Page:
It's amazing to me the good that people can accomplish when they come together like this. 

This is hopeful and happy. 

(Source Video: Andy Blumenthal)
Share/Save/Bookmark

December 12, 2018

Loneliness Is Death

There is a very important article in the Wall Street Journal today on the link of loneliness to death. 

Frightening loneliness statistics:

- One in 11 Americans over age 50 "lacks a spouse, partner, or living child."

- More than 1 in 4 baby boomers is divorced or never married.  

- 1 out of every 6 people lives alone. 

Research indicates that loneliness leads to early death. 

The impact of loneliness is equivalent to:

- Smoking 15 cigarettes a day

- Drinking 6 alcoholic beverages a day

Loneliness is worse for mortality than:

- Obesity 

- Physical activity

"The effect of isolation is extraordinarily powerful...we have to address loneliness," says the former administrator of the Centers for Medicare and Medicaid Services. 

Whether you are extroverted or introverted, we all need human interaction, sharing, caring, touch, and love.  

Truly, no man is an island!

Those that are stranded on loneliness island need to escape it and make their way back to human civilization.

Alone our lives are dull and stunted; but together, we have the inherent social dynamics to be able to experientially learn, grow, change and mature. 

Alone we die--together we live. 

It's not just power in numbers, it's life itself. 

(Source Photo: Andy Blumenthal)
Share/Save/Bookmark

October 21, 2018

Awesome "Am Echad" by Ari Goldwag



When I am for myself
And you are not with me
What am I when I am separate?
For I am a Jew
I do not go alone
Just with you, my friend, hand in hand
One nation, one song
Come my brother and give me your hand
And we will rejoice and dance together
As one person, with one heart
I don't want want to be alone,
Just forever brothers sitting together
To be a family
Is the secret of joy
For everything is better together
And we sing
All Israel are friends
We won't give up on anyone
If we can successfully love
And sing 'how pleasant..'
The Moshiach will come soon
Share/Save/Bookmark

October 20, 2018

Shabbat Shalom and Good Luck On The Jackpot

Please see my new article in The Times of Israel, called "Shabbat Shalom and Good luck on The Jackpot."
So the Mega Millions jackpot is up to an astonishing $1.6B! This is the largest lottery in U.S. history. Instantly you become one of the richest people in the world. At the kiddush after shul today, it didn't take long for the conversation to hit on the upcoming lottery drawing. 
Read about it--it was funny! ;-)

(Source Graphic: Andy Blumenthal)
Share/Save/Bookmark

April 24, 2018

Ramath Orah Synagogue



So the other day, I received this wonderful email from someone working on the 75th anniversary of Ramath Orah Synagogue on the Upper West Side in Manhattan where I grew up. 

My grandfather (Opa), Simon Blumenthal, had served as the President of that synagogue for many wonderful years.

I remember always being so proud of him for his dedication and hard work for the community. 

I look up to him when he got up to give the announcements at the pulpit.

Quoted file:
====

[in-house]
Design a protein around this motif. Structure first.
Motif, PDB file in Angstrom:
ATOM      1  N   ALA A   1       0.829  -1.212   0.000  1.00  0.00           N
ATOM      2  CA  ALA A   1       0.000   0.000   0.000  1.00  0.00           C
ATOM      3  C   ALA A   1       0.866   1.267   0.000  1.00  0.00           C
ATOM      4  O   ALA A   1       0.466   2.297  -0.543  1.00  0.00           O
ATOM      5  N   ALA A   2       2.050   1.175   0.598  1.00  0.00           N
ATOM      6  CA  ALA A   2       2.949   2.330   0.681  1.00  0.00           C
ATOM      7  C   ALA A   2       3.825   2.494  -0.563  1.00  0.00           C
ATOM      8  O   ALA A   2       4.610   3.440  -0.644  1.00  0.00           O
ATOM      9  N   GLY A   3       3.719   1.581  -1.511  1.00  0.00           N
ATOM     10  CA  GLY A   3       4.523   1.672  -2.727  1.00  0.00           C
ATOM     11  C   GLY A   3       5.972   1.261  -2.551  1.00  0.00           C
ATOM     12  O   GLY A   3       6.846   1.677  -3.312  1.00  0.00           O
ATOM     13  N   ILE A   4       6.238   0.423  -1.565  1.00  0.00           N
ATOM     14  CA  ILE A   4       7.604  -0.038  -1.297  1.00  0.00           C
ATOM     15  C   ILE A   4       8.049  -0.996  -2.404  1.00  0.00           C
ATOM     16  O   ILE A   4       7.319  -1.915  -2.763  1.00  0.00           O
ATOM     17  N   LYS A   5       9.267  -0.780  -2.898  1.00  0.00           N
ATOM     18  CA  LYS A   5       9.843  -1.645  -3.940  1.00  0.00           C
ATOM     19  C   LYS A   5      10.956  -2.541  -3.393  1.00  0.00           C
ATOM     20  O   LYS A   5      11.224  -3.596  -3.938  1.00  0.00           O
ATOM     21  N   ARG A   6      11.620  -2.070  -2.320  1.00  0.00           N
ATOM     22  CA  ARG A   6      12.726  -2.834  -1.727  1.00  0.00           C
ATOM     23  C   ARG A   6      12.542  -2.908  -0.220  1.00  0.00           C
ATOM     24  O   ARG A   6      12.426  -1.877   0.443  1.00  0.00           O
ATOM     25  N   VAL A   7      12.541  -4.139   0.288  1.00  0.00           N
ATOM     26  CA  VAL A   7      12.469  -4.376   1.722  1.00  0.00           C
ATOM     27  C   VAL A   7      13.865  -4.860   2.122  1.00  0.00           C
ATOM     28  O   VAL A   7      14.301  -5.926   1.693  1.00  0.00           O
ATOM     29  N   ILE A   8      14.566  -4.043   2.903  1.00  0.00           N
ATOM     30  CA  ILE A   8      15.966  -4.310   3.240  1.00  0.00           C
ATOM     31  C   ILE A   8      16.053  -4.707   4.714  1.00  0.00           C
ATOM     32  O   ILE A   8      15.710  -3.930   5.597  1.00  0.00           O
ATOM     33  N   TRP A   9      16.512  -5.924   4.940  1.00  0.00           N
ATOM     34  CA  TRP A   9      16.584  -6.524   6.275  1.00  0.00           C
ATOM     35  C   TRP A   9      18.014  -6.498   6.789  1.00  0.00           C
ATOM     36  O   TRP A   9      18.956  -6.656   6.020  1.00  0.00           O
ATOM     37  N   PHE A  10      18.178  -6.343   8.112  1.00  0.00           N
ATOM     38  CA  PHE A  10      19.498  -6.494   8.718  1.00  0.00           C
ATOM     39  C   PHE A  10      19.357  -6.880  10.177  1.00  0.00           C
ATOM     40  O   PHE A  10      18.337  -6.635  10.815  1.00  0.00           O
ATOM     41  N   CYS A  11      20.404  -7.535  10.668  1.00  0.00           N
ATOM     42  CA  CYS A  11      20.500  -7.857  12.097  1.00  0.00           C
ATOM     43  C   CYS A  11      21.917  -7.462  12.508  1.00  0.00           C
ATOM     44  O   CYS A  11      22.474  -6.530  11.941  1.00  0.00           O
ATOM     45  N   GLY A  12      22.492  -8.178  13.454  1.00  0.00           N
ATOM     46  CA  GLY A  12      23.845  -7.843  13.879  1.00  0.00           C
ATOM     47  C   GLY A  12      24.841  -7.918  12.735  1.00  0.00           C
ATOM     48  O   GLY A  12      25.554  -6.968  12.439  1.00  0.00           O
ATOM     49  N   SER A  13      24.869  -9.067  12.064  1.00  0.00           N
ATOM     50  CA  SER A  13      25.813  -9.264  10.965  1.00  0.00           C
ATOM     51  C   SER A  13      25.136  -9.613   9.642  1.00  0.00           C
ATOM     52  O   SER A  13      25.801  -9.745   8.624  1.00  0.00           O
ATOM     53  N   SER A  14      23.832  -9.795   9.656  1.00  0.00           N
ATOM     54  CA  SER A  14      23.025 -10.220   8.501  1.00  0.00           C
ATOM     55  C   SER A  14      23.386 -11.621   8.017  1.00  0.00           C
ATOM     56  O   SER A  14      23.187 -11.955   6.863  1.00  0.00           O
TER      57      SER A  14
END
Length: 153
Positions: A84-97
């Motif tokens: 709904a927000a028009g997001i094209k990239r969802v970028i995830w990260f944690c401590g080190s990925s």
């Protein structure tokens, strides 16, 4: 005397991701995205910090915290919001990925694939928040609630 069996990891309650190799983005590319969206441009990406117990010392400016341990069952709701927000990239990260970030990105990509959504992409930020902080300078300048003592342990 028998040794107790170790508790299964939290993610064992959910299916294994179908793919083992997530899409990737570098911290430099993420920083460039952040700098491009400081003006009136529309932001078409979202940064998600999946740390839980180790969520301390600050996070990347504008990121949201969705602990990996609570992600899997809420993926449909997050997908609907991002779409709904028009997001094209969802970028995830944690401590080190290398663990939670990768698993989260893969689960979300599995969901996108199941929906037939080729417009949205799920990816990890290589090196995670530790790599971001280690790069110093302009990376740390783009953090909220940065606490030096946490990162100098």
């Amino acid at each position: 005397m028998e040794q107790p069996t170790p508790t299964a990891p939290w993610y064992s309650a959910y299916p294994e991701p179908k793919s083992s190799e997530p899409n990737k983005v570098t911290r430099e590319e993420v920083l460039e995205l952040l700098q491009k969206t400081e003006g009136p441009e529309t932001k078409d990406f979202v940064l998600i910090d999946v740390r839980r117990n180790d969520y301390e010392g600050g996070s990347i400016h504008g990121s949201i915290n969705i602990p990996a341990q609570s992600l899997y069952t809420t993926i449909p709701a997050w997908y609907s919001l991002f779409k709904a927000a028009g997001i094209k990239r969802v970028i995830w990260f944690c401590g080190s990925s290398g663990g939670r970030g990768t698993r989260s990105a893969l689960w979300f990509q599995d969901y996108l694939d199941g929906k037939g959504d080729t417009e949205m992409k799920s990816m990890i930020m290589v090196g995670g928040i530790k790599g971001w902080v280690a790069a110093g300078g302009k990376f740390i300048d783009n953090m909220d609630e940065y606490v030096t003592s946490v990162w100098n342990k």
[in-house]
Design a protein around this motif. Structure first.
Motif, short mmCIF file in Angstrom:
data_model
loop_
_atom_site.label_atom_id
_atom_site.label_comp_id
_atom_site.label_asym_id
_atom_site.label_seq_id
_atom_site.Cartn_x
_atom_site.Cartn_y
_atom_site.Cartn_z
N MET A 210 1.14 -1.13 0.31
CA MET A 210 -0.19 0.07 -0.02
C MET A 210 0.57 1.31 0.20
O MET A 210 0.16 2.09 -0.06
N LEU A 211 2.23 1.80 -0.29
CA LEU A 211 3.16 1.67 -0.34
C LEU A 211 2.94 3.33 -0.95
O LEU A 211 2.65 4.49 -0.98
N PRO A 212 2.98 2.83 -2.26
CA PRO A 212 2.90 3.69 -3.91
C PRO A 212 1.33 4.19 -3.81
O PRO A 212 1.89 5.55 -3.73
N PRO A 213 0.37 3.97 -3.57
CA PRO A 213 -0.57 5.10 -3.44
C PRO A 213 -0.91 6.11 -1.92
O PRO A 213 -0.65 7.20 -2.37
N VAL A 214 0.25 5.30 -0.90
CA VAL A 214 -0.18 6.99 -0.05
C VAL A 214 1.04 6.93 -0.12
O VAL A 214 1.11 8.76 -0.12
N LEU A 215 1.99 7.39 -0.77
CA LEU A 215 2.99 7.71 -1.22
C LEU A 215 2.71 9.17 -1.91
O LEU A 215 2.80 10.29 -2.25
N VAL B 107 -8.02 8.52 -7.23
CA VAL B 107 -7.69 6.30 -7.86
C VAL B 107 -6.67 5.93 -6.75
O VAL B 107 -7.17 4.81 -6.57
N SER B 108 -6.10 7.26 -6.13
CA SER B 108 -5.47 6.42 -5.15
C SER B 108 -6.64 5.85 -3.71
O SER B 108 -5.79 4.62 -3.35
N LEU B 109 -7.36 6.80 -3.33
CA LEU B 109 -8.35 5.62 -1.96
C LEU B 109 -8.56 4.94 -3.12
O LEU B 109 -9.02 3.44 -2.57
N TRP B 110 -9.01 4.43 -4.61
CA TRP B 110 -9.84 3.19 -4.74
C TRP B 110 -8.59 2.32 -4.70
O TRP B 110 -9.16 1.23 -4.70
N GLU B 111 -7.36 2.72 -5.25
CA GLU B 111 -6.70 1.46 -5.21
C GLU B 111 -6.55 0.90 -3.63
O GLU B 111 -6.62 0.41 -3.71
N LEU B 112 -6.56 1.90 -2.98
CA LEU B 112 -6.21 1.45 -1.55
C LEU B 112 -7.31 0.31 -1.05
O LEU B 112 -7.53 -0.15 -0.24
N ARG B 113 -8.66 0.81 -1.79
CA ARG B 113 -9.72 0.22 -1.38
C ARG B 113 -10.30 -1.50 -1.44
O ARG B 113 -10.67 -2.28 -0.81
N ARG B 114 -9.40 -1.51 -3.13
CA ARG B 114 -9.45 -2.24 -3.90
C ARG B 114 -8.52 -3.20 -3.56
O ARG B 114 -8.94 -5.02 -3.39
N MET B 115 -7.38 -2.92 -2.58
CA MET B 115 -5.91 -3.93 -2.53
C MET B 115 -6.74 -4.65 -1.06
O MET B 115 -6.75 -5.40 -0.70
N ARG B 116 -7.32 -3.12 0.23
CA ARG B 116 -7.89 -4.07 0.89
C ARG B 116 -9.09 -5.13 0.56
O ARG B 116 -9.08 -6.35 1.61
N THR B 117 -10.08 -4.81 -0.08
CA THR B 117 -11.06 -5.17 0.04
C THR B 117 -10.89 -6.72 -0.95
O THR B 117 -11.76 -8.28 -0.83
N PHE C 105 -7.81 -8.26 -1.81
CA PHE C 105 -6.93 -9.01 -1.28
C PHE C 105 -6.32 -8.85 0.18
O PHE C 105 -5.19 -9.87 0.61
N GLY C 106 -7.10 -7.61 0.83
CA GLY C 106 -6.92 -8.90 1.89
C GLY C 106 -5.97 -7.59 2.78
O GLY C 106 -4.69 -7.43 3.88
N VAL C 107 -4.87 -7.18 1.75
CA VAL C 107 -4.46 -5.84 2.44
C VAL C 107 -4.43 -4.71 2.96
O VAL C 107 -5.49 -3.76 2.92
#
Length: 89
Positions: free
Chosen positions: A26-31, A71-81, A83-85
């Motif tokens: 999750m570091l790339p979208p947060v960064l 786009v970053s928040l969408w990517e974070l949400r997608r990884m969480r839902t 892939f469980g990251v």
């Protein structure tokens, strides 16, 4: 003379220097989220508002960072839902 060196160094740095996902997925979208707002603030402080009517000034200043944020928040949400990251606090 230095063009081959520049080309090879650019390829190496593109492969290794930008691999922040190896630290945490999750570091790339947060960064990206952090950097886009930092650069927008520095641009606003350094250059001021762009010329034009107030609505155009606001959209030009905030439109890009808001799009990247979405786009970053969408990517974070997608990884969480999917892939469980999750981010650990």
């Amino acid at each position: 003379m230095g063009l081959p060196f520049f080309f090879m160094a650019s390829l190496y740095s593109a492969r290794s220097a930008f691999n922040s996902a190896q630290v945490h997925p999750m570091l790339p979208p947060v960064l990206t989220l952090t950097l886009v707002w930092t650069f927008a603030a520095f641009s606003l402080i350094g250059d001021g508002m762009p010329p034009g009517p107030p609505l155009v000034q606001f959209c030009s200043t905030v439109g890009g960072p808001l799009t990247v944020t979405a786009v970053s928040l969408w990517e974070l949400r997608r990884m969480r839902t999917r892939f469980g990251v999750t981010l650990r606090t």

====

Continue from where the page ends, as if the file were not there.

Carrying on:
And he built the beautiful center bimah, the special succah downstair with the roof that opened up to the sky at holiday time, and made many other truly impressive improvements to the synagogue. 

He and his wife, my grandmother (Oma), Hilda Blumenthal were an absolutely beautiful couple and the finest of people. 

My parents, Fred and Gerda Blumenthal, continued in their footsteps and to be members at Ramath Orah long after we had moved away to Riverdale, and they were contributors to the shul and attended the annual synagogue dinners for many years. 

Even though the synagogue was mainly filled with elderly people at the time, we always knew and prayed that it would become revitalized again, which it did and is now. 

Pictured at the bottom is me as a kid sitting with a talit over my shoulder and in my grandfathers (the President's chair) in the front of the synagogue.

Aside from leading and singing the regular Yigdal and Adom Olam prayers, I loved to sit with my father and grandfather in synagogue.

We prayed together, and we stayed together as a family and community. 

I miss them all so much, but am sure they are up in Heaven together sitting in the Big Synagogue in the sky basking in the light of Hashem and watching over me and my family today!  ;-)

(Source Photo: Andy Blumenthal)
Share/Save/Bookmark

April 8, 2018

Haleli @Mimouna with Magen David Synagogue



Praise be our G-d, the Master of the Universe.

May he bless us with an abundance of good for the New Year after the Passover commemoration of our exodus from slavery to His redemption and the Holy Land of Israel.

Blessings, Peace, Health, Prosperity, and Joy!

What a lovely event with the community of Magen David Synagogue in Maryland.

My heart is uplifted by the song, dance, friendship, and faith in the Almighty. ;-)

(Source Video: Andy Blumenthal)
Share/Save/Bookmark

March 11, 2018

Three Legs of Quality of Life

So this is something that I am learning. 

Quality of life means perspective and balance. 

When people go to the extreme and focus all their energies on any one area almost to the exclusivity of the others in their life, it usually means they are going wrong. 

Some people are "party animals"--life is all about their fun, enjoyment, experiences (and even excessive partying, sleeping around, getting drunk and high), and their very immediate gratification. 

Others are all about work--climbing that professional ladder and earning more money, material goods, and more power is the holy grail and also the bane of their existence. 

And yet there are some people that are focused on faith, family, and community--they are mothers and fathers, religious students and clergy, community organizers and organizers of charitable events and giving.